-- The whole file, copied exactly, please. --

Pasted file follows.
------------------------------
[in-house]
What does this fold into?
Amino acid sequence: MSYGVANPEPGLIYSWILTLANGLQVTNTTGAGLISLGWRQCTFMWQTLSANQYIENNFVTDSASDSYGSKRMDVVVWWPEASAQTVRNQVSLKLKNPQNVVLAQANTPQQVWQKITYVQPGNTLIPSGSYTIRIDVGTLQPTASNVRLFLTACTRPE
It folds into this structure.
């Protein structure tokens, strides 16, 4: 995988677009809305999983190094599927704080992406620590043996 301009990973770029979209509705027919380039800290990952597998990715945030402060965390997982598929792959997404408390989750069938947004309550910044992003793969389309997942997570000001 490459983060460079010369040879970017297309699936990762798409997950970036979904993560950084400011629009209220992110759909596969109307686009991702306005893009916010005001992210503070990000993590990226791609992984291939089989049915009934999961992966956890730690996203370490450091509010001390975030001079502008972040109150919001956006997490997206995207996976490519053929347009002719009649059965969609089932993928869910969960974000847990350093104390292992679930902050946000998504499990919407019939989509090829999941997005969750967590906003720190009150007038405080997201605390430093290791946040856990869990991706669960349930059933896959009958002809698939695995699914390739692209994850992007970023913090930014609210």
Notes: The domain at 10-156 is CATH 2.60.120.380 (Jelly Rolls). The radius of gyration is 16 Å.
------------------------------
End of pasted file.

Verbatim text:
[in-house]
What does this fold into?
Amino acid sequence: MSYGVANPEPGLIYSWILTLANGLQVTNTTGAGLISLGWRQCTFMWQTLSANQYIENNFVTDSASDSYGSKRMDVVVWWPEASAQTVRNQVSLKLKNPQNVVLAQANTPQQVWQKITYVQPGNTLIPSGSYTIRIDVGTLQPTASNVRLFLTACTRPE
It folds into this structure.
């Protein structure tokens, strides 16, 4: 995988677009809305999983190094599927704080992406620590043996 301009990973770029979209509705027919380039800290990952597998990715945030402060965390997982598929792959997404408390989750069938947004309550910044992003793969389309997942997570000001 490459983060460079010369040879970017297309699936990762798409997950970036979904993560950084400011629009209220992110759909596969109307686009991702306005893009916010005001992210503070990000993590990226791609992984291939089989049915009934999961992966956890730690996203370490450091509010001390975030001079502008972040109150919001956006997490997206995207996976490519053929347009002719009649059965969609089932993928869910969960974000847990350093104390292992679930902050946000998504499990919407019939989509090829999941997005969750967590906003720190009150007038405080997201605390430093290791946040856990869990991706669960349930059933896959009958002809698939695995699914390739692209994850992007970023913090930014609210």
Notes: The domain at 10-156 is CATH 2.60.120.380 (Jelly Rolls). The radius of gyration is 16 Å.